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With empty hospital beds and comparatively light economic losses, Germany appears to be working fairly well during the state of emergency created by Covid-19. So much so that a London-based think tank, Deep Knowledge Group, ranked Germany as the second safest country in the world, behind Israel and ahead of South Korea.
However, recently the number of infections has risen dramatically. On the 14 October, health departments reported 6,638 new cases nationwide. This is a sad and new record in Germany. Despite doing well compared to others, this does not meant that the German people are not also suffering in these times, whether from health problems, social isolation, or indeed economic hardship.
So, I’m sometimes slightly bemused when my English friends ask me about how wonderful it must be to live in Germany rather than in Britain at the moment. Germany should be recognised for its successful damage limitation, but it should not be held up as some kind of Covid utopia. There are no utopias in the great coronavirus plague.
Testing facilities in general have continued to process a high number of PCR swab tests since they ramped up their operations earlier in the year. Any major transportation hub has several available, and the German government says there is a spare capacity of 400,000 tests per week at the moment. On a per capita level, this ranks below the UK (27 tests per 1,000 inhabitants), with 13 tests per 1,000 inhabitants in the week ending 20 September.
Testing is run by the 16 federal states, so the system varies slightly from state to state. However, they all follow the recommendations from The Robert Koch Institute (RKI), the country’s public health institute. Decentralised power brings with it a number of strengths, but these differences in the responses across states have also increased uncertainty in several respects.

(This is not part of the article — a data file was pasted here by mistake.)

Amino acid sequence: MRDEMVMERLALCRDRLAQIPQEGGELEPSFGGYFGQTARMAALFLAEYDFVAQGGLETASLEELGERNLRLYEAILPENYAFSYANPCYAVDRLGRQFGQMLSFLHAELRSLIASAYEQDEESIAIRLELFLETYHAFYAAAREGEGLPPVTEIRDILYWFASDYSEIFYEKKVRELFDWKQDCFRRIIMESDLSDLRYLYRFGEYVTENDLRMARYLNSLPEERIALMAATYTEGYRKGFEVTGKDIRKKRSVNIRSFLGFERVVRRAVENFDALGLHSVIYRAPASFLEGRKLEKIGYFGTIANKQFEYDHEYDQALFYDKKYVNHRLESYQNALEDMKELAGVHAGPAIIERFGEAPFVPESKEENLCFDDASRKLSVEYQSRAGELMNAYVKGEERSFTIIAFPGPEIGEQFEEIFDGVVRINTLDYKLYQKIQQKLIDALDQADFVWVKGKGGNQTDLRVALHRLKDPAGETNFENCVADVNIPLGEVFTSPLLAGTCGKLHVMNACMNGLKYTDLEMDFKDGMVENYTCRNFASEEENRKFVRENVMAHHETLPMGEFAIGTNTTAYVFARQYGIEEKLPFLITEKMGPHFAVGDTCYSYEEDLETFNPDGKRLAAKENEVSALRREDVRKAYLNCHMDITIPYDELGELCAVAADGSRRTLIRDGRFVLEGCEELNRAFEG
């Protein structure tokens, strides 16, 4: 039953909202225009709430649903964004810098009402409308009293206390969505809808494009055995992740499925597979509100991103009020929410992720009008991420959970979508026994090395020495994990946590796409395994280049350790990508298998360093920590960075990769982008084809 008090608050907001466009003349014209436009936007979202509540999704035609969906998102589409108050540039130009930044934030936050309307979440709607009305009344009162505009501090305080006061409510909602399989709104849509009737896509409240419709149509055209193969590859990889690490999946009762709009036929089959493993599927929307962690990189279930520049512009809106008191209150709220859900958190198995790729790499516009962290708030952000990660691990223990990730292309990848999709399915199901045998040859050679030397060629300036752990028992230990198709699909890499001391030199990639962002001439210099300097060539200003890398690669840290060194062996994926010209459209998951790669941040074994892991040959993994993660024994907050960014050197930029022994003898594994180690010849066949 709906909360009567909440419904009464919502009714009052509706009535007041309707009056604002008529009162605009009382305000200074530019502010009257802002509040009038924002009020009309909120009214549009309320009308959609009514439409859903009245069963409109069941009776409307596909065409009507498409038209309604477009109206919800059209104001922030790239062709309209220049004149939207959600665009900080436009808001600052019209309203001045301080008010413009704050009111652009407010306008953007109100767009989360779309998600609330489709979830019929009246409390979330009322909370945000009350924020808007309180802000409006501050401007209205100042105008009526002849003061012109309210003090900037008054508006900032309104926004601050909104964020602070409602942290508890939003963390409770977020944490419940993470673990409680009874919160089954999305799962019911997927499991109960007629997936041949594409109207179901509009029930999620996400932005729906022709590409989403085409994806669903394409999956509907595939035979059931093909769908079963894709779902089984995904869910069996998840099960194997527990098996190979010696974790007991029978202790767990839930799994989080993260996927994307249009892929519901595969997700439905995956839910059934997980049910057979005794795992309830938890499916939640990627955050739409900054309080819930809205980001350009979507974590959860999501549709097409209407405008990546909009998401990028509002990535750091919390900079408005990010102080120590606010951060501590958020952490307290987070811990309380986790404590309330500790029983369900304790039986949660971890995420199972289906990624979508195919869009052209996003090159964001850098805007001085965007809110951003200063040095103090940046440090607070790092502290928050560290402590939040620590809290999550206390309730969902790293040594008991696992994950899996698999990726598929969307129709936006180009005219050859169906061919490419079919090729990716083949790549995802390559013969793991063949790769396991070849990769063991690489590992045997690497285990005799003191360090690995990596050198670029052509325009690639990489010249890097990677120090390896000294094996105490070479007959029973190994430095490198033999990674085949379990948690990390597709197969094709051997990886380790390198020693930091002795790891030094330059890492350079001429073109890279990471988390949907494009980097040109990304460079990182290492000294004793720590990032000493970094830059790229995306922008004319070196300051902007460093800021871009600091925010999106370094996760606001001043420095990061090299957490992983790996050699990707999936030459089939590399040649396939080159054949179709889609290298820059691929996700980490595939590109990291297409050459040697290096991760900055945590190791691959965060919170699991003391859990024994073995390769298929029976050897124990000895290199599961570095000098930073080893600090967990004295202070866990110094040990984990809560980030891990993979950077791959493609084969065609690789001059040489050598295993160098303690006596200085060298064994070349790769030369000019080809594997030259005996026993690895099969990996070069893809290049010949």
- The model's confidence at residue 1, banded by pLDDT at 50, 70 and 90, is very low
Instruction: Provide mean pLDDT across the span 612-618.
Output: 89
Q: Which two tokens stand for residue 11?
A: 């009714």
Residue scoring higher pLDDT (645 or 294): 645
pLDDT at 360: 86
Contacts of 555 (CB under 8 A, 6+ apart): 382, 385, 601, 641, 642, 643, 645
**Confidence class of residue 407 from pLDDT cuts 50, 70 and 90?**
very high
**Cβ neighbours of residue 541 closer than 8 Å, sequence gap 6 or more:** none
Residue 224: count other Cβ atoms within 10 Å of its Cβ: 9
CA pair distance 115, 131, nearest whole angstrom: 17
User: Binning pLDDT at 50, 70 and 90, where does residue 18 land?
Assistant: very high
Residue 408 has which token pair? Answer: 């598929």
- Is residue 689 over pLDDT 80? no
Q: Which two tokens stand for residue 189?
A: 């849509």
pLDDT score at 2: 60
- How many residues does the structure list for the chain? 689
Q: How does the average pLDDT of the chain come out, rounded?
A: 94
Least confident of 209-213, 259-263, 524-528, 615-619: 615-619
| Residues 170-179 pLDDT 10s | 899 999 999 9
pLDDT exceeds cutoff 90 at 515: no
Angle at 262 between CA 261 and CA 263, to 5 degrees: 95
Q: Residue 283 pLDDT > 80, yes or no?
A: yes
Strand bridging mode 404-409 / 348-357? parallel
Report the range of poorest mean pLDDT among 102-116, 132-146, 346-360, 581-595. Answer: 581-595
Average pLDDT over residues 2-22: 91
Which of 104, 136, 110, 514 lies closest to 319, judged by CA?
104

Another factor that has caused a lot of confusion is that, in reacting to the recently rising cases, most federal states agreed not to take in German tourists coming from high-risk areas, unless they have recorded a negative test in the last 48 hours. High-risk areas are defined as places that record more than 50 new cases per 100,000 inhabitants. So far, only Berlin and Frankfurt am Main, the financial capital of Germany, have crossed that threshold. Yet Federal state courts have now also repealed these rules in two states, citing the justifications made by state governments for restricting freedom of movement to be insufficient.
In some ways, too, the divergent initiatives of individual state-premiers could be perceived as an attempt to sharpen their political profile in anticipation of next year’s federal election rather than as entirely rational policy decisions. Yes, it’s a shock, I know, but local leaders also play politics in Germany too. Merkel’s CDU still does not have an official candidate, so Bavaria’s minister president Markus Söder and his North-Rhine Westphalian counterpart, Armin Laschet, have been trying to gain political capital through policies designed to show how severe they can be in clamping down on the virus.
The amount of new cases has also rekindled discussions about closing down social life, mainly night life and sports. It appears that you can only be so careful when it comes to Covid. Even Germany has not been able to escape some of the terrible costs of this pandemic.